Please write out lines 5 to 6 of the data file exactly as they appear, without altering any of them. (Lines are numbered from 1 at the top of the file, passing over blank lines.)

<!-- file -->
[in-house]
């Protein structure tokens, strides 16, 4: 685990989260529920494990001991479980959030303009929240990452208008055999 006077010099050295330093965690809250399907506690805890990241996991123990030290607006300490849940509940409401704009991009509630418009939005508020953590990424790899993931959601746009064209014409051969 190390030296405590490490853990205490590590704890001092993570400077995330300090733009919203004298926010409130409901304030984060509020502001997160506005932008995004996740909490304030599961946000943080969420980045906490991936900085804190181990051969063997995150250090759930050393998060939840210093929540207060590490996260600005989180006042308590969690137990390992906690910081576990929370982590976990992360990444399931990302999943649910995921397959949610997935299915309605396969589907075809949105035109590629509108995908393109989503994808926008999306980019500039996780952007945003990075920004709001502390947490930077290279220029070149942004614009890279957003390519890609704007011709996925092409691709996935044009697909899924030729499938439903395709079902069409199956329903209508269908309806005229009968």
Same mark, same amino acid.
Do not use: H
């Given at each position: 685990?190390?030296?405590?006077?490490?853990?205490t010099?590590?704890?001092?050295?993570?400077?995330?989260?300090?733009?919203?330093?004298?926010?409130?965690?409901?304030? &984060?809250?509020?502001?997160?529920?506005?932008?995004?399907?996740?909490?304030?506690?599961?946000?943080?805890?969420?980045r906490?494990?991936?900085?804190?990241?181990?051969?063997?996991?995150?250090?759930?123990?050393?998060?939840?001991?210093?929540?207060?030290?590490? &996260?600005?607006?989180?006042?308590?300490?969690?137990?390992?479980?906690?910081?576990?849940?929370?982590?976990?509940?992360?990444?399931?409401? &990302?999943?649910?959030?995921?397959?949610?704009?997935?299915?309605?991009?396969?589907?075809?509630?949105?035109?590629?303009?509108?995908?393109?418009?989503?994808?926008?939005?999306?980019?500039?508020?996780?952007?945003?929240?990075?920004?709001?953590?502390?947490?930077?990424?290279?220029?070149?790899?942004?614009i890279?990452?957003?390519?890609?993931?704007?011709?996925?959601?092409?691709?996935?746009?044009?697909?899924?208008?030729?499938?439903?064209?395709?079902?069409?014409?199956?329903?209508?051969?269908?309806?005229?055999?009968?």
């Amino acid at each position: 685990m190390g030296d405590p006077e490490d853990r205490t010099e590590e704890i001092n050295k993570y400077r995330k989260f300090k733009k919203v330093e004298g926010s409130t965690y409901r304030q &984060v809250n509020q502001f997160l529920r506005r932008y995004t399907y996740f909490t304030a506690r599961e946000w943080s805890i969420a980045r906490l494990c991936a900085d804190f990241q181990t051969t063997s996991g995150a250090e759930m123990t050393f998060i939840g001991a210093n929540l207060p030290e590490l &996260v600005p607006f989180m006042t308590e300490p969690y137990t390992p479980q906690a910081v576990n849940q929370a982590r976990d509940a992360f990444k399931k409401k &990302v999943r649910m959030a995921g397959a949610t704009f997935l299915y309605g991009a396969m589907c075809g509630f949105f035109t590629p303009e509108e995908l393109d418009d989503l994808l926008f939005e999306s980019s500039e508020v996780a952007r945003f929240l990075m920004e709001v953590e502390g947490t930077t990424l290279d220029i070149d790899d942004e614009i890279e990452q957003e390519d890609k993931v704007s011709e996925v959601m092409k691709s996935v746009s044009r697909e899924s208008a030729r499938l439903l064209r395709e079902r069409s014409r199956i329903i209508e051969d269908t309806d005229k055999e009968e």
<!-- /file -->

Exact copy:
């Given at each position: 685990?190390?030296?405590?006077?490490?853990?205490t010099?590590?704890?001092?050295?993570?400077?995330?989260?300090?733009?919203?330093?004298?926010?409130?965690?409901?304030? &984060?809250?509020?502001?997160?529920?506005?932008?995004?399907?996740?909490?304030?506690?599961?946000?943080?805890?969420?980045r906490?494990?991936?900085?804190?990241?181990?051969?063997?996991?995150?250090?759930?123990?050393?998060?939840?001991?210093?929540?207060?030290?590490? &996260?600005?607006?989180?006042?308590?300490?969690?137990?390992?479980?906690?910081?576990?849940?929370?982590?976990?509940?992360?990444?399931?409401? &990302?999943?649910?959030?995921?397959?949610?704009?997935?299915?309605?991009?396969?589907?075809?509630?949105?035109?590629?303009?509108?995908?393109?418009?989503?994808?926008?939005?999306?980019?500039?508020?996780?952007?945003?929240?990075?920004?709001?953590?502390?947490?930077?990424?290279?220029?070149?790899?942004?614009i890279?990452?957003?390519?890609?993931?704007?011709?996925?959601?092409?691709?996935?746009?044009?697909?899924?208008?030729?499938?439903?064209?395709?079902?069409?014409?199956?329903?209508?051969?269908?309806?005229?055999?009968?």
């Amino acid at each position: 685990m190390g030296d405590p006077e490490d853990r205490t010099e590590e704890i001092n050295k993570y400077r995330k989260f300090k733009k919203v330093e004298g926010s409130t965690y409901r304030q &984060v809250n509020q502001f997160l529920r506005r932008y995004t399907y996740f909490t304030a506690r599961e946000w943080s805890i969420a980045r906490l494990c991936a900085d804190f990241q181990t051969t063997s996991g995150a250090e759930m123990t050393f998060i939840g001991a210093n929540l207060p030290e590490l &996260v600005p607006f989180m006042t308590e300490p969690y137990t390992p479980q906690a910081v576990n849940q929370a982590r976990d509940a992360f990444k399931k409401k &990302v999943r649910m959030a995921g397959a949610t704009f997935l299915y309605g991009a396969m589907c075809g509630f949105f035109t590629p303009e509108e995908l393109d418009d989503l994808l926008f939005e999306s980019s500039e508020v996780a952007r945003f929240l990075m920004e709001v953590e502390g947490t930077t990424l290279d220029i070149d790899d942004e614009i890279e990452q957003e390519d890609k993931v704007s011709e996925v959601m092409k691709s996935v746009s044009r697909e899924s208008a030729r499938l439903l064209r395709e079902r069409s014409r199956i329903i209508e051969d269908t309806d005229k055999e009968e």